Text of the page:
CM . . . .
Volume VII Number 5 . . . . November 3, 2000
What is a marine mammal?The four books in "The Science of Living Things" series all follow a similar format. Each is successful in appealing to students in the grade 3 to 6 range and in providing appropriate information. The books each begin with a definition of the type of animal being examined and continue through a review of related orders, characteristics, body features, mating and parenting, food, homes, and relationship to the environment, including human beings. Two page spreads cover special examples of the mammal or amphibian written up. For example, in What is an Amphibian?, the featured amphibians included: frogs and toads, salamanders, and caecilians. Specific information is easily located via the explicit headings in the table of contents and a glossary is provided. Appropriate scientific terms are introduced in the text which is organized either into a paragraph with a heading or a box with sentences and the main word italicized.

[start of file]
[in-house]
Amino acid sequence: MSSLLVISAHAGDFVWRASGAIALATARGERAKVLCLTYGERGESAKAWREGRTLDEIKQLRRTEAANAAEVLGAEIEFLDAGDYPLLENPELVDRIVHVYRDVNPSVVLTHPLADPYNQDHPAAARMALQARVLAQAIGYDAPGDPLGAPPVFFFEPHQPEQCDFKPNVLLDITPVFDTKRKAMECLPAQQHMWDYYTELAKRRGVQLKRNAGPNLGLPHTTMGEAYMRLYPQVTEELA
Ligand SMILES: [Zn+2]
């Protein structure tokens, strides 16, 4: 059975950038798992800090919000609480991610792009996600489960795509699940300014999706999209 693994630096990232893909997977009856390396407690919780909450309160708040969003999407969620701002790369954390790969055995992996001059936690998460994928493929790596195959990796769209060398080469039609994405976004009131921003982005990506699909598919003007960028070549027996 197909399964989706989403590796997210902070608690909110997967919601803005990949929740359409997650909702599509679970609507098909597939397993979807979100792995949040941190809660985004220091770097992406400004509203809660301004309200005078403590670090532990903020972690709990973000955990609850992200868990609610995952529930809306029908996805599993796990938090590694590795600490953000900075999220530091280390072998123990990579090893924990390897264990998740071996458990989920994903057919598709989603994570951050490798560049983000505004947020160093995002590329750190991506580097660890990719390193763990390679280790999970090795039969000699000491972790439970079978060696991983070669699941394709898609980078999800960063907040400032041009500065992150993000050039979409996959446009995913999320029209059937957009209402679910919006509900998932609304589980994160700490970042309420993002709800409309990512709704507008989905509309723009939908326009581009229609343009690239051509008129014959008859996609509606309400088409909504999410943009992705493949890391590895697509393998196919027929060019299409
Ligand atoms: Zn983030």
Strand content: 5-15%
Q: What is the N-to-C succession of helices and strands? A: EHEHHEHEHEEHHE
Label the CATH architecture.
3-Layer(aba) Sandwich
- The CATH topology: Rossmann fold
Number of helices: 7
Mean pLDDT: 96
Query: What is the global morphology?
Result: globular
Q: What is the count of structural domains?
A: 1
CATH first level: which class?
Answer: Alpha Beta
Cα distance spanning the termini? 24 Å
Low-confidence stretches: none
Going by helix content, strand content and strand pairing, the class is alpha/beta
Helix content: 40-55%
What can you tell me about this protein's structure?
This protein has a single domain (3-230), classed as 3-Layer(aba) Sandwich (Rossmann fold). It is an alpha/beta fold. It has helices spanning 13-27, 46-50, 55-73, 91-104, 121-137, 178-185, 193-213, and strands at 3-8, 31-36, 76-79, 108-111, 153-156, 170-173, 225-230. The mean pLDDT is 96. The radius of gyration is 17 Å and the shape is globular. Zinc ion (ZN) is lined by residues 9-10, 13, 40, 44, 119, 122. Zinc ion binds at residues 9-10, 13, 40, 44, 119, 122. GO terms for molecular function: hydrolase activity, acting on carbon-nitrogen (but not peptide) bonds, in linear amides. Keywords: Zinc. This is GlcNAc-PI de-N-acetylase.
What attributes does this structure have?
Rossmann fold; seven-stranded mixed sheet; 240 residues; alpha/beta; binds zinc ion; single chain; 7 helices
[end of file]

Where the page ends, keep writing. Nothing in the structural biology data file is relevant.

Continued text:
Most importantly, in terms of gaining a readership, the books are very attractive. The covers are colourful and, to attract a reader's attention, usually have the face of mammal peering quizzically. Inside, every page has dramatic coloured photos, usually covering half the page.
This quartet of books is a welcome addition to any elementary school library looking for overviews of types of animals. Children will select these books for their own recreational reading, and, if the students have broad research topics, then the books will be most helpful.
Meredith MacKeen is the teacher-librarian at Glen Stewart School in Charlottetown, PEI.
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